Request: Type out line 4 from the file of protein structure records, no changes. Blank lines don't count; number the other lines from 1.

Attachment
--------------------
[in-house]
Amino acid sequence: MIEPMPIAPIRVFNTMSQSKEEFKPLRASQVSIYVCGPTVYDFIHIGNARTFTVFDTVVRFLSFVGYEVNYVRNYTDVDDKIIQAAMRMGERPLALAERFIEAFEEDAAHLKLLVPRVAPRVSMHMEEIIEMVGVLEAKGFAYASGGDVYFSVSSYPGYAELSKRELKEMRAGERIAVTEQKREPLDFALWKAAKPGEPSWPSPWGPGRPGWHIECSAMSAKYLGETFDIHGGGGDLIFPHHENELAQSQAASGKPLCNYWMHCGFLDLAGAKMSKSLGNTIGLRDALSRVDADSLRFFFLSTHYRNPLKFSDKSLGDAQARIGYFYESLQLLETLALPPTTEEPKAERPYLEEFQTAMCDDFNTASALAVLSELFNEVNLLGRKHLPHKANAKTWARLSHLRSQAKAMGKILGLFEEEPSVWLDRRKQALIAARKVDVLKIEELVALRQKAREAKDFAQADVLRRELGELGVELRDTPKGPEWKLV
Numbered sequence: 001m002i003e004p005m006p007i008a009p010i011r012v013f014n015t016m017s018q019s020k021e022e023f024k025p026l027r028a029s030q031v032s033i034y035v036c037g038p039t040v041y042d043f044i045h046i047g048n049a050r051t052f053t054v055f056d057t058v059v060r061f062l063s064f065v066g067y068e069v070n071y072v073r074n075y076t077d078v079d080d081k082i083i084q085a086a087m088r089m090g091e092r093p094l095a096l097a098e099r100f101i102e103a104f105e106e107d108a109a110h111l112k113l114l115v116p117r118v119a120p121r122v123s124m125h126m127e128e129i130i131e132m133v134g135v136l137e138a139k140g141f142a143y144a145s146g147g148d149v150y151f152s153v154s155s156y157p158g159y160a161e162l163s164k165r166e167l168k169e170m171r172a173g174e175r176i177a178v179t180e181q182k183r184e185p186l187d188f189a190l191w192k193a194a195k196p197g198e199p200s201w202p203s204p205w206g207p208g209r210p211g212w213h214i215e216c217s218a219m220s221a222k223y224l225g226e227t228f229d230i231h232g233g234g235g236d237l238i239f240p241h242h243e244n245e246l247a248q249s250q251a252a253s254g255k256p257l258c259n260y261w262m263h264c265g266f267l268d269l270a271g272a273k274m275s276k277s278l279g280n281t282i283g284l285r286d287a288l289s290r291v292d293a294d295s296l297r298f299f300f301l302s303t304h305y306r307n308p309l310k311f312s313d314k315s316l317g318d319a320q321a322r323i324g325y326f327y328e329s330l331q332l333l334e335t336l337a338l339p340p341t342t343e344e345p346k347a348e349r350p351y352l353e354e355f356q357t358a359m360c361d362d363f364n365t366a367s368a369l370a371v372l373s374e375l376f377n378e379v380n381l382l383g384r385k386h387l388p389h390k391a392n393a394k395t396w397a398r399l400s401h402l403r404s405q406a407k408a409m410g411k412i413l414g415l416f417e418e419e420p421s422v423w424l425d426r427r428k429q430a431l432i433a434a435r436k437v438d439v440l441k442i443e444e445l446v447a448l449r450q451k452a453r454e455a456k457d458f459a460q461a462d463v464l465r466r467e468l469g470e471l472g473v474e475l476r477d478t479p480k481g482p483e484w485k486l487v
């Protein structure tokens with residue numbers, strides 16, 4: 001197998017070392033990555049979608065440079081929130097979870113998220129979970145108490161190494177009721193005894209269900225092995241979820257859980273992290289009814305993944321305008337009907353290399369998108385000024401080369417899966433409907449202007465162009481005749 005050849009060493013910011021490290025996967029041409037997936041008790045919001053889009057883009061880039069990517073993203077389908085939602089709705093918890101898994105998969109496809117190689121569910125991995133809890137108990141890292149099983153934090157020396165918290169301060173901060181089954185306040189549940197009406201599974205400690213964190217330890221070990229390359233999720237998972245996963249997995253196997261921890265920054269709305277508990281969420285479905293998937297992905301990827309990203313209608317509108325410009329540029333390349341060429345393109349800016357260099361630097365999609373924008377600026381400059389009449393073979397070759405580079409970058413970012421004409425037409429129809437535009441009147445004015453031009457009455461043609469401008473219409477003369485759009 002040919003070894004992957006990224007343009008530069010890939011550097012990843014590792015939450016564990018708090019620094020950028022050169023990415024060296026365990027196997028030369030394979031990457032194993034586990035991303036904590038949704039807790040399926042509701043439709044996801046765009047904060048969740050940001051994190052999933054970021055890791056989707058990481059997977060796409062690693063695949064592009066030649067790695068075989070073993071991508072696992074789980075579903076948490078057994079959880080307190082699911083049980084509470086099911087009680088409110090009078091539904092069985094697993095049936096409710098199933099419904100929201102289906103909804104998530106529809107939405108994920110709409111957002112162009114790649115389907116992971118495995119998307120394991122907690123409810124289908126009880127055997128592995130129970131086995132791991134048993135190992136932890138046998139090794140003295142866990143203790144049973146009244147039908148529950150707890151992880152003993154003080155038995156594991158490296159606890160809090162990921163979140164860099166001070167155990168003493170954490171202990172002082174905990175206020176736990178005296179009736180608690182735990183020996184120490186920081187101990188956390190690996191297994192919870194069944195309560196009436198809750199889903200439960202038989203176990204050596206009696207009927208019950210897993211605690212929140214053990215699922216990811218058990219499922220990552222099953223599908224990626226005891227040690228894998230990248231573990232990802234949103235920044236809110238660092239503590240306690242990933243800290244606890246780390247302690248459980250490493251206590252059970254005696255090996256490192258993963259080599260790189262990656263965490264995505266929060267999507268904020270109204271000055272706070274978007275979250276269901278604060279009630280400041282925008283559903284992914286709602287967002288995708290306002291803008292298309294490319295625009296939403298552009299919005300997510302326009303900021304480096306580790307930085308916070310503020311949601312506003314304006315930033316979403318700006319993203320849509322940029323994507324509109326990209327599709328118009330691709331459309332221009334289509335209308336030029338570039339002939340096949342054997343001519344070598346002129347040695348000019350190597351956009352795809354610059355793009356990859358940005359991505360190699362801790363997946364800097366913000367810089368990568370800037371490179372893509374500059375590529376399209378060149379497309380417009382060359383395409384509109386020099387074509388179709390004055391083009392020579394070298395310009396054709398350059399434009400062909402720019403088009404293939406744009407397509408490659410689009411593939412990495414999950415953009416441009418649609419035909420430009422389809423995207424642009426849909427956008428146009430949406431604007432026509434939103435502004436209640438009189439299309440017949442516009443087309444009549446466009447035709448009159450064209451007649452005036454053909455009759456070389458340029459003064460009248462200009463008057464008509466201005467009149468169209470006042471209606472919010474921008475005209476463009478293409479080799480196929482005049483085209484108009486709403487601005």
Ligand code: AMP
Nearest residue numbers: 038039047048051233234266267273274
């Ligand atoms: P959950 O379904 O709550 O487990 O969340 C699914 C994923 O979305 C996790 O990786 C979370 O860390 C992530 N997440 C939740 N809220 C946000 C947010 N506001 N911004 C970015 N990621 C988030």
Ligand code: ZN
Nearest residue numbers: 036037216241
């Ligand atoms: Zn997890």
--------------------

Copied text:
């Protein structure tokens with residue numbers, strides 16, 4: 001197998017070392033990555049979608065440079081929130097979870113998220129979970145108490161190494177009721193005894209269900225092995241979820257859980273992290289009814305993944321305008337009907353290399369998108385000024401080369417899966433409907449202007465162009481005749 005050849009060493013910011021490290025996967029041409037997936041008790045919001053889009057883009061880039069990517073993203077389908085939602089709705093918890101898994105998969109496809117190689121569910125991995133809890137108990141890292149099983153934090157020396165918290169301060173901060181089954185306040189549940197009406201599974205400690213964190217330890221070990229390359233999720237998972245996963249997995253196997261921890265920054269709305277508990281969420285479905293998937297992905301990827309990203313209608317509108325410009329540029333390349341060429345393109349800016357260099361630097365999609373924008377600026381400059389009449393073979397070759405580079409970058413970012421004409425037409429129809437535009441009147445004015453031009457009455461043609469401008473219409477003369485759009 002040919003070894004992957006990224007343009008530069010890939011550097012990843014590792015939450016564990018708090019620094020950028022050169023990415024060296026365990027196997028030369030394979031990457032194993034586990035991303036904590038949704039807790040399926042509701043439709044996801046765009047904060048969740050940001051994190052999933054970021055890791056989707058990481059997977060796409062690693063695949064592009066030649067790695068075989070073993071991508072696992074789980075579903076948490078057994079959880080307190082699911083049980084509470086099911087009680088409110090009078091539904092069985094697993095049936096409710098199933099419904100929201102289906103909804104998530106529809107939405108994920110709409111957002112162009114790649115389907116992971118495995119998307120394991122907690123409810124289908126009880127055997128592995130129970131086995132791991134048993135190992136932890138046998139090794140003295142866990143203790144049973146009244147039908148529950150707890151992880152003993154003080155038995156594991158490296159606890160809090162990921163979140164860099166001070167155990168003493170954490171202990172002082174905990175206020176736990178005296179009736180608690182735990183020996184120490186920081187101990188956390190690996191297994192919870194069944195309560196009436198809750199889903200439960202038989203176990204050596206009696207009927208019950210897993211605690212929140214053990215699922216990811218058990219499922220990552222099953223599908224990626226005891227040690228894998230990248231573990232990802234949103235920044236809110238660092239503590240306690242990933243800290244606890246780390247302690248459980250490493251206590252059970254005696255090996256490192258993963259080599260790189262990656263965490264995505266929060267999507268904020270109204271000055272706070274978007275979250276269901278604060279009630280400041282925008283559903284992914286709602287967002288995708290306002291803008292298309294490319295625009296939403298552009299919005300997510302326009303900021304480096306580790307930085308916070310503020311949601312506003314304006315930033316979403318700006319993203320849509322940029323994507324509109326990209327599709328118009330691709331459309332221009334289509335209308336030029338570039339002939340096949342054997343001519344070598346002129347040695348000019350190597351956009352795809354610059355793009356990859358940005359991505360190699362801790363997946364800097366913000367810089368990568370800037371490179372893509374500059375590529376399209378060149379497309380417009382060359383395409384509109386020099387074509388179709390004055391083009392020579394070298395310009396054709398350059399434009400062909402720019403088009404293939406744009407397509408490659410689009411593939412990495414999950415953009416441009418649609419035909420430009422389809423995207424642009426849909427956008428146009430949406431604007432026509434939103435502004436209640438009189439299309440017949442516009443087309444009549446466009447035709448009159450064209451007649452005036454053909455009759456070389458340029459003064460009248462200009463008057464008509466201005467009149468169209470006042471209606472919010474921008475005209476463009478293409479080799480196929482005049483085209484108009486709403487601005």